Looking for the Next Big Market, Tesla Opens Shop in China
Tesla (NASDAQ: TSLA) CEO Elon Musk says he has no idea how well his electric car will sell in China; calling the country a “wild card.”
However, since the Chinese have an appetite for large luxury cars -- and since the country suffers from high air pollution, an incentive for the government to encourage electric vehicles -– Tesla has launched a Chinese language website. Meanwhile, CNBC reports the company was taking orders in in China, in hopes it would sell at least 5,000 cars a year in Asia.
Motley Fool senior analyst Matthew Argersinger took an optimistic tone. "I think the China story is a huge one," he told CNBC, adding that Tesla was "going to sell 10,000 to 20,000 beginning in a couple years, and that's a huge incremental increase in production."
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A month ago, Tesla opened a showroom in Beijing. Now that the website is active and taking orders, the company should know soon enough whether there is demand. Anyone who places an order will have to fork over $41,000 to reserve a Model S.
The International Business Times said the total cost of a Model S in China will range somewhere between $146,000 and $200,000. In the U.S., the car sells for between $71,000 and $120,000. Europe falls in the middle, at $98,000 - $162, 000.
These prices, while high, pale when compared with the more than $400,000 reportedly paid by a wealthy Chinese buyer earlier this year.
Prices aside, the question is: Will Tesla sell in China?
According to TechCrunch, Tesla said it would offer incentives to potential buyers in China, although none are currently listed on the Tesla Motors website. Instead, there is simply a message saying, “We are currently collecting incentives for this region, for the latest information please contact your local Sales Manager.”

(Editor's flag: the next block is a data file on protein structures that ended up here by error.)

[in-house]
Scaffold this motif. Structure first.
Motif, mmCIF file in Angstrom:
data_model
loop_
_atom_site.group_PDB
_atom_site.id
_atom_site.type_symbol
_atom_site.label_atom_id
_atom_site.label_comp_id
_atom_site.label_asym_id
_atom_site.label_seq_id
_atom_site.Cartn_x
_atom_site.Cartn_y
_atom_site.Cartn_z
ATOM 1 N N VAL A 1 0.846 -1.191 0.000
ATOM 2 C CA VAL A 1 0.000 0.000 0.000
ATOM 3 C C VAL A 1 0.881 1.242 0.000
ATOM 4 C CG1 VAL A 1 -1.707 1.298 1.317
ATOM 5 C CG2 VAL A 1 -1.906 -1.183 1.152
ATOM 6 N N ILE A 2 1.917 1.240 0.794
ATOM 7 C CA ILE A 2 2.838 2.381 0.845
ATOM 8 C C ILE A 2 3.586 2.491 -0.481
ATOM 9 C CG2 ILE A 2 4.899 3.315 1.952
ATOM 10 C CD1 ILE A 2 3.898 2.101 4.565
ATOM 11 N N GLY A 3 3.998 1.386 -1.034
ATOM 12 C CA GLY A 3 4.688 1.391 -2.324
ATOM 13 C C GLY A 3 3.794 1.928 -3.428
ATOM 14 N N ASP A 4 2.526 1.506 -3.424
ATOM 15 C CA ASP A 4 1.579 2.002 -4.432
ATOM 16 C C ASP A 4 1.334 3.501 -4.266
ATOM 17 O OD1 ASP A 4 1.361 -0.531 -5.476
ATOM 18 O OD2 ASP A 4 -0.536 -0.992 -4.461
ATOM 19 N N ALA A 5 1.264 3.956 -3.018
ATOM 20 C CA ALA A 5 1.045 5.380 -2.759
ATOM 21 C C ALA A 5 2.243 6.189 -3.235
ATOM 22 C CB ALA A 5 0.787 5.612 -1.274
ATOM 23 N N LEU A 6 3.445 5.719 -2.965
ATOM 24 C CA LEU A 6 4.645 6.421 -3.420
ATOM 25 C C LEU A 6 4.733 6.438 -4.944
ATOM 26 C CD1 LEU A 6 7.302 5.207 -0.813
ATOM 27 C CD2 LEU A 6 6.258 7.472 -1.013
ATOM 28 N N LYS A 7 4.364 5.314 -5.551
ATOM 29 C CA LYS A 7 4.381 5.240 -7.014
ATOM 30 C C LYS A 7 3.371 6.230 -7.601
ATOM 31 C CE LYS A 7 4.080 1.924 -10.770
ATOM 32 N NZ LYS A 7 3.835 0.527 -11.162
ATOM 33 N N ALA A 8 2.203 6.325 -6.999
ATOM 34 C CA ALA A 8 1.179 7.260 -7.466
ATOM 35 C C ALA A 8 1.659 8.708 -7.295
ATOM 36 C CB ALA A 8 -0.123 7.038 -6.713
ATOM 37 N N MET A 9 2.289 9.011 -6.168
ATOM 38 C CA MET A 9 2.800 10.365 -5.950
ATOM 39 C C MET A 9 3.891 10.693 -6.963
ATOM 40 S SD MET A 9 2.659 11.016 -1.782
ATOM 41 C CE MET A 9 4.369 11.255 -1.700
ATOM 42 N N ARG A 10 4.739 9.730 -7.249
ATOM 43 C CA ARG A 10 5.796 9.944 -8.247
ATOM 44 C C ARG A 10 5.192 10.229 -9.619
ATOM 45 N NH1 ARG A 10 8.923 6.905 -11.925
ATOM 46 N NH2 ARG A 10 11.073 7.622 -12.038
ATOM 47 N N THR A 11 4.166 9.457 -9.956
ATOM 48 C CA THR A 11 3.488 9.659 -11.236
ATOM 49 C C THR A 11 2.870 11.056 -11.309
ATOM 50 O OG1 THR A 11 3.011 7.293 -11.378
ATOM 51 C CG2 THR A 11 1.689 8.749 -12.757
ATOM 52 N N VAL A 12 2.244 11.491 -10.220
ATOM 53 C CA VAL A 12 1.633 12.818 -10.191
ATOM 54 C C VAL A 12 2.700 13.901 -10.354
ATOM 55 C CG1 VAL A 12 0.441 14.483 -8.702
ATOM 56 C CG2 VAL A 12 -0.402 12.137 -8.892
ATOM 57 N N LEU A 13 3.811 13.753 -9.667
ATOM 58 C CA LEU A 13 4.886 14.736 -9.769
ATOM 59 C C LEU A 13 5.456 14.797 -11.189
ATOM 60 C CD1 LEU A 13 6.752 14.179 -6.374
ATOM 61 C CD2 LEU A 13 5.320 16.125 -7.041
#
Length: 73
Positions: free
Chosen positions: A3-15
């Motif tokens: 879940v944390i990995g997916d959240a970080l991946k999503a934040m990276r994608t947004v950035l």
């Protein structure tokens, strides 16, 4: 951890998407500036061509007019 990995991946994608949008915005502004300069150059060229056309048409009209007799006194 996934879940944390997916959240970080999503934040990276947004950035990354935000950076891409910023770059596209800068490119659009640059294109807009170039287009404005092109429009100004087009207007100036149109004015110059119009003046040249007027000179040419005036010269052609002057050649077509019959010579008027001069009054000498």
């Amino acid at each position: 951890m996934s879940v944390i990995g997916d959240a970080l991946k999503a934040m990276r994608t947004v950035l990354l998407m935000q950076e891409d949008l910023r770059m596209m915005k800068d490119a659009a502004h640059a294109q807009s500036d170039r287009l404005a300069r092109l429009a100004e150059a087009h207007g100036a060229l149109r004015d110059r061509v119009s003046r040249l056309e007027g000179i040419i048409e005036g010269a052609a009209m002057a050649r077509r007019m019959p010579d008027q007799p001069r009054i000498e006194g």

In general, Tesla said it would work to attract wealthy and environmentally-conscious early adopters. The Beijing showroom is located in Parkview Green; a Leadership in Energy & Environmental Design (LEED) platinum certified upscale shopping center. Platinum is the highest level of certification granted by LEED and an obvious choice for Tesla’s first showroom in China.
Despite recent battery fires, Tesla is widely considered to have an excellent safety record. In a country with some of the worst air-pollution in the world, Tesla’s all-electric design will help it to be competitive with other luxury cars like BMW, Mercedes-Benz and Porsche.
That said, there are challenges. For one thing, the company would need to install a charging infrastructure across the landscape of China – and its more than 3.5 million square miles of geography. In addition, there is potential local competition from companies like BYD and Kandi, both of which have had Chinese government support to help in their quest to make electric vehicles.
At the time of this writing, Jim Probasco had no position in any mentioned securities.
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